Need to upgrade education for Spanish speakers
Vail, CO, Colorado
It seems to me that the testing we do of our students has sent us a consistent message that we continue to ignore. The message is that students who are not proficient in English do poorly in all subjects. I would think that should come as no surprise and would cause us to move in a new direction.
Towards that end, I do not understand why our schools do not demand that children be up to grade in English before they are co-mingled with children who are proficient. Why don’t we insist that children who only speak or read a foreign language begin their education by learning English which would certainly help them to learn every other subject, too?
It seems to me that we’re doing these children a disservice by not giving them a fighting chance to learn as much as they might.
Furthermore, their lack of comprehension surely fosters a lack of confidence, promotes truancy and ultimately increases the likelihood of them completely dropping out. And at the same time, I would also be concerned that our present system may well be impeding the education of the others.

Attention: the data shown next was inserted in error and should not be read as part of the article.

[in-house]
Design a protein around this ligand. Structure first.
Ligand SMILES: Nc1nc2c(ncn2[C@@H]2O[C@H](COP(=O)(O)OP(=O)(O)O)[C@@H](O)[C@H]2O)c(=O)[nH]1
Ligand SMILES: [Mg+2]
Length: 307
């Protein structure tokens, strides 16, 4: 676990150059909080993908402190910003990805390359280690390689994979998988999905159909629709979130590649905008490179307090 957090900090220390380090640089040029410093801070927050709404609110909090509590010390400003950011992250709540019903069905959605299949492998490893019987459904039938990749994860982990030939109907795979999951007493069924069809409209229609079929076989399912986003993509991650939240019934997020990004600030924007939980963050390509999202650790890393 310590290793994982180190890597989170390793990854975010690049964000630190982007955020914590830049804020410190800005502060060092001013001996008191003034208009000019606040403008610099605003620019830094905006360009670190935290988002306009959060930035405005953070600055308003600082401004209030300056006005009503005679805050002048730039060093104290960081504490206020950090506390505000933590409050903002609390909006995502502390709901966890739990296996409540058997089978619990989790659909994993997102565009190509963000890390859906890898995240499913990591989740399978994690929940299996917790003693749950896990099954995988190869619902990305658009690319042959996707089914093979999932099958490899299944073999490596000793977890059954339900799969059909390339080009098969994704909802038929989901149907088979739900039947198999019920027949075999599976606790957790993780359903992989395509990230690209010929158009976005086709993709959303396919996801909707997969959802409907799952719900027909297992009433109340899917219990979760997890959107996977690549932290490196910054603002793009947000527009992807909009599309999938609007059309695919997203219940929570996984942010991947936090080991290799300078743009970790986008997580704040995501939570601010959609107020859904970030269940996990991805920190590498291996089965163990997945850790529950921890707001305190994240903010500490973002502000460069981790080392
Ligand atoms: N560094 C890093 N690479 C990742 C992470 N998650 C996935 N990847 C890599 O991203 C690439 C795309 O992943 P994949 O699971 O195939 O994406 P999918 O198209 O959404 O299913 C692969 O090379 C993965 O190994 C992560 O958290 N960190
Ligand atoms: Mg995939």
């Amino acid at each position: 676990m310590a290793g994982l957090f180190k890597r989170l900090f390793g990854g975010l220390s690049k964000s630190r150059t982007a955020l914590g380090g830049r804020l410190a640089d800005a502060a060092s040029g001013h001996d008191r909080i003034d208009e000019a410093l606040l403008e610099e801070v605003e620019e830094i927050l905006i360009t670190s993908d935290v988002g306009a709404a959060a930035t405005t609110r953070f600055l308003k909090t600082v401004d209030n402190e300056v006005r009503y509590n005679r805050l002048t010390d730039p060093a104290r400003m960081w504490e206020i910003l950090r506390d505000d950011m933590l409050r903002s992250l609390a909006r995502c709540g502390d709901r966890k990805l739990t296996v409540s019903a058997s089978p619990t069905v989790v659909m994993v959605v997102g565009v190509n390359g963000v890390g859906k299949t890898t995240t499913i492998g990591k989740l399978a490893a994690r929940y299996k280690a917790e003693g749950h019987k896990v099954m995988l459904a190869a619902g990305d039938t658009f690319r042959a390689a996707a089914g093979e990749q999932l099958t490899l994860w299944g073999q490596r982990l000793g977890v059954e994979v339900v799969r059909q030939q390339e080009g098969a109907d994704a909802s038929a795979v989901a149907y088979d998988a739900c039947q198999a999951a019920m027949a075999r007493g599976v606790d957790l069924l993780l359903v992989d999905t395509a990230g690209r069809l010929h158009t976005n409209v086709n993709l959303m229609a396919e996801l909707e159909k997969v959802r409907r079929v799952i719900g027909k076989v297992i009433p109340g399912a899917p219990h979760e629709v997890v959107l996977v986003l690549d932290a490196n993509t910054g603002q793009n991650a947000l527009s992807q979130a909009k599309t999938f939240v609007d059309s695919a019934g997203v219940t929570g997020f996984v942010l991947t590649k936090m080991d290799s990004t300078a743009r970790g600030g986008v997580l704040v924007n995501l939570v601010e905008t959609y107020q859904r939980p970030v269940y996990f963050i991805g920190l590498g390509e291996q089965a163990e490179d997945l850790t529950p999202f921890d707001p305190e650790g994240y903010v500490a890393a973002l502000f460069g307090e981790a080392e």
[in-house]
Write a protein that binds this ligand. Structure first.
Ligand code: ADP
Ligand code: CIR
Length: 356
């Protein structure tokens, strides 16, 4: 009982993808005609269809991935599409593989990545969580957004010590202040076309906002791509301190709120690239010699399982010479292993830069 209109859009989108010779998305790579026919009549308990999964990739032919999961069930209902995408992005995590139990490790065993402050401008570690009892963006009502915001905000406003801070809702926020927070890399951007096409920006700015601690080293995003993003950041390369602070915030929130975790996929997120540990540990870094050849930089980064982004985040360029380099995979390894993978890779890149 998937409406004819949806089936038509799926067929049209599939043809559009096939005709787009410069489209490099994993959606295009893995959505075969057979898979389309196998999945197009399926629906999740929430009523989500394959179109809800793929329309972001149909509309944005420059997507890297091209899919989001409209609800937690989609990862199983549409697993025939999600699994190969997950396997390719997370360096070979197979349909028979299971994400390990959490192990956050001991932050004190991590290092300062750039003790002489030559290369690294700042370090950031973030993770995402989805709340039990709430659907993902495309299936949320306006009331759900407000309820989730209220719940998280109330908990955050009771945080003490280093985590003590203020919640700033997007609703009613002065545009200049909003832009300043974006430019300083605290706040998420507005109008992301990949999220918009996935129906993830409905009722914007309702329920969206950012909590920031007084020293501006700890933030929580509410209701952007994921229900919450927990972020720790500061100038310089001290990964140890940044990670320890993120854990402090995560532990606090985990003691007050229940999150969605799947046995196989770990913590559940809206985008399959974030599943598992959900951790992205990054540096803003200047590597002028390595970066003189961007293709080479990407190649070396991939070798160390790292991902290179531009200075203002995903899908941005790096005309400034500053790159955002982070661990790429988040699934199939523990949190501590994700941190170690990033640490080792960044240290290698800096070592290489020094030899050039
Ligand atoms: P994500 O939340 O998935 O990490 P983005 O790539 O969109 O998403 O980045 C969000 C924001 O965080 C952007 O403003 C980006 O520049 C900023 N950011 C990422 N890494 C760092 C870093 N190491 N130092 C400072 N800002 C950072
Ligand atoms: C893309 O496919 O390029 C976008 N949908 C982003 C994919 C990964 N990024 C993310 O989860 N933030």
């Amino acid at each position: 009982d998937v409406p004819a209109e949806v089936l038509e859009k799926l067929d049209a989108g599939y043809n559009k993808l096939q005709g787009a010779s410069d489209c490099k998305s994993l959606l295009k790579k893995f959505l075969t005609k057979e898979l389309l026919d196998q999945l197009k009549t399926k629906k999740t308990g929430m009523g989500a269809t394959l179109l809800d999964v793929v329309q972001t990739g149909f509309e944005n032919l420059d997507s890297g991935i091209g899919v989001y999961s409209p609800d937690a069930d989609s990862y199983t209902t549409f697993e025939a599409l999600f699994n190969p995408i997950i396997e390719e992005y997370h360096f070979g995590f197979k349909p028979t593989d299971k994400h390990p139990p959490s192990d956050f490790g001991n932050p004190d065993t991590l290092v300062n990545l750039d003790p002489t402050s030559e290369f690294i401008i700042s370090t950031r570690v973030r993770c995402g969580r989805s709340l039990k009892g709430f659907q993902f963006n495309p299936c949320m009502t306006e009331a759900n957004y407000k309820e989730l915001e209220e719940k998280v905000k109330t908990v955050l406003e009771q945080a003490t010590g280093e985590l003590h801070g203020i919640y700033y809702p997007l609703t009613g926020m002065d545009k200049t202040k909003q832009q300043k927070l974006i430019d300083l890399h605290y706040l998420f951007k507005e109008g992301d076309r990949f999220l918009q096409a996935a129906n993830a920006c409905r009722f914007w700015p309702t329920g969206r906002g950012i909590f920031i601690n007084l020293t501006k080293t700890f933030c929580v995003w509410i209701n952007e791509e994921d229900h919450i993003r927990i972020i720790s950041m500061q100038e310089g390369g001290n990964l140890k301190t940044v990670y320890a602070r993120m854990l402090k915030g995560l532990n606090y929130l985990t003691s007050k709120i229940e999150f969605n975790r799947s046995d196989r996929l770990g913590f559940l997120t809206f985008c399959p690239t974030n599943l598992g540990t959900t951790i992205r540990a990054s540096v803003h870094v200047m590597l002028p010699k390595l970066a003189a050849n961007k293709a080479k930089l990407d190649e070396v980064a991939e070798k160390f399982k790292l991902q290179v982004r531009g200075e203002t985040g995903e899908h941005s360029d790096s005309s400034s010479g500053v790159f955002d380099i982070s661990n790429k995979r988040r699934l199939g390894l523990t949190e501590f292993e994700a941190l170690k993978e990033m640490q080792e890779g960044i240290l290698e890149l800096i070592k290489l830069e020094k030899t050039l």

So, what I’m suggesting is that ” no matter the age or grade ” that English proficiency comes first, and perhaps that takes a year. And I also happen to think that American history and civics should be emphasized as part of the process. Following that, a regular and comprehensive education would be much more likely to succeed. I’d just bet that the results would be positive.
David Le Vine